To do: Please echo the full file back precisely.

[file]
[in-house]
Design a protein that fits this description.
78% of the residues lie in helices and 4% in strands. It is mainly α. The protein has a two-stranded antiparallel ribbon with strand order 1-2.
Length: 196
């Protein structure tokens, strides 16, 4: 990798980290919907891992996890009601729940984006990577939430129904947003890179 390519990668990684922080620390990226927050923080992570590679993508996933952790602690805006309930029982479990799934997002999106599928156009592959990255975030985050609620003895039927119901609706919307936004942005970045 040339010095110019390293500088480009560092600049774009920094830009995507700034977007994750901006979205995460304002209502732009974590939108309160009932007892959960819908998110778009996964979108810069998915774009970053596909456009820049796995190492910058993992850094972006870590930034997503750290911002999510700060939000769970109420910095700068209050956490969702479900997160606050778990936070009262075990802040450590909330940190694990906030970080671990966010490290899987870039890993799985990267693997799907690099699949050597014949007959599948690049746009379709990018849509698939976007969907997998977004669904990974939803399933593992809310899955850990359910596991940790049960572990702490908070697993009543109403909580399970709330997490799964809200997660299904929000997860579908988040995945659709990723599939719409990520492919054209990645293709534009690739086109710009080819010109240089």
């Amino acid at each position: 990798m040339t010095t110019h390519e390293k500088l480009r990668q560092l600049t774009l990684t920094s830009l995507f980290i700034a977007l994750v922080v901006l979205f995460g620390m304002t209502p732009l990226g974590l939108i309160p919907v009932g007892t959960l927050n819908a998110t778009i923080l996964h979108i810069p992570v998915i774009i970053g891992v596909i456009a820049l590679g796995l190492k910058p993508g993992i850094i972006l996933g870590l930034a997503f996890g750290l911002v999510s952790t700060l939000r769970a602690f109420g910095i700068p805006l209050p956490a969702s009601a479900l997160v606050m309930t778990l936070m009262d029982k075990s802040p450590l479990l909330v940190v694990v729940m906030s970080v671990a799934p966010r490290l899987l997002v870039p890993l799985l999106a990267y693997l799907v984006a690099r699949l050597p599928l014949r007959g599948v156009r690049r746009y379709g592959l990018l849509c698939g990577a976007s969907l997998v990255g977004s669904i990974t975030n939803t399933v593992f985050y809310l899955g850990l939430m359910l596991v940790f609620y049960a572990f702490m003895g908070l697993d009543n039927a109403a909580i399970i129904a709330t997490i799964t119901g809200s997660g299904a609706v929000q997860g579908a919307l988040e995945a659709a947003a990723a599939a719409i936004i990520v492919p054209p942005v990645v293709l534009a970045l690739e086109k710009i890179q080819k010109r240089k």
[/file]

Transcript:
[in-house]
Design a protein that fits this description.
78% of the residues lie in helices and 4% in strands. It is mainly α. The protein has a two-stranded antiparallel ribbon with strand order 1-2.
Length: 196
């Protein structure tokens, strides 16, 4: 990798980290919907891992996890009601729940984006990577939430129904947003890179 390519990668990684922080620390990226927050923080992570590679993508996933952790602690805006309930029982479990799934997002999106599928156009592959990255975030985050609620003895039927119901609706919307936004942005970045 040339010095110019390293500088480009560092600049774009920094830009995507700034977007994750901006979205995460304002209502732009974590939108309160009932007892959960819908998110778009996964979108810069998915774009970053596909456009820049796995190492910058993992850094972006870590930034997503750290911002999510700060939000769970109420910095700068209050956490969702479900997160606050778990936070009262075990802040450590909330940190694990906030970080671990966010490290899987870039890993799985990267693997799907690099699949050597014949007959599948690049746009379709990018849509698939976007969907997998977004669904990974939803399933593992809310899955850990359910596991940790049960572990702490908070697993009543109403909580399970709330997490799964809200997660299904929000997860579908988040995945659709990723599939719409990520492919054209990645293709534009690739086109710009080819010109240089």
């Amino acid at each position: 990798m040339t010095t110019h390519e390293k500088l480009r990668q560092l600049t774009l990684t920094s830009l995507f980290i700034a977007l994750v922080v901006l979205f995460g620390m304002t209502p732009l990226g974590l939108i309160p919907v009932g007892t959960l927050n819908a998110t778009i923080l996964h979108i810069p992570v998915i774009i970053g891992v596909i456009a820049l590679g796995l190492k910058p993508g993992i850094i972006l996933g870590l930034a997503f996890g750290l911002v999510s952790t700060l939000r769970a602690f109420g910095i700068p805006l209050p956490a969702s009601a479900l997160v606050m309930t778990l936070m009262d029982k075990s802040p450590l479990l909330v940190v694990v729940m906030s970080v671990a799934p966010r490290l899987l997002v870039p890993l799985l999106a990267y693997l799907v984006a690099r699949l050597p599928l014949r007959g599948v156009r690049r746009y379709g592959l990018l849509c698939g990577a976007s969907l997998v990255g977004s669904i990974t975030n939803t399933v593992f985050y809310l899955g850990l939430m359910l596991v940790f609620y049960a572990f702490m003895g908070l697993d009543n039927a109403a909580i399970i129904a709330t997490i799964t119901g809200s997660g299904a609706v929000q997860g579908a919307l988040e995945a659709a947003a990723a599939a719409i936004i990520v492919p054209p942005v990645v293709l534009a970045l690739e086109k710009i890179q080819k010109r240089k």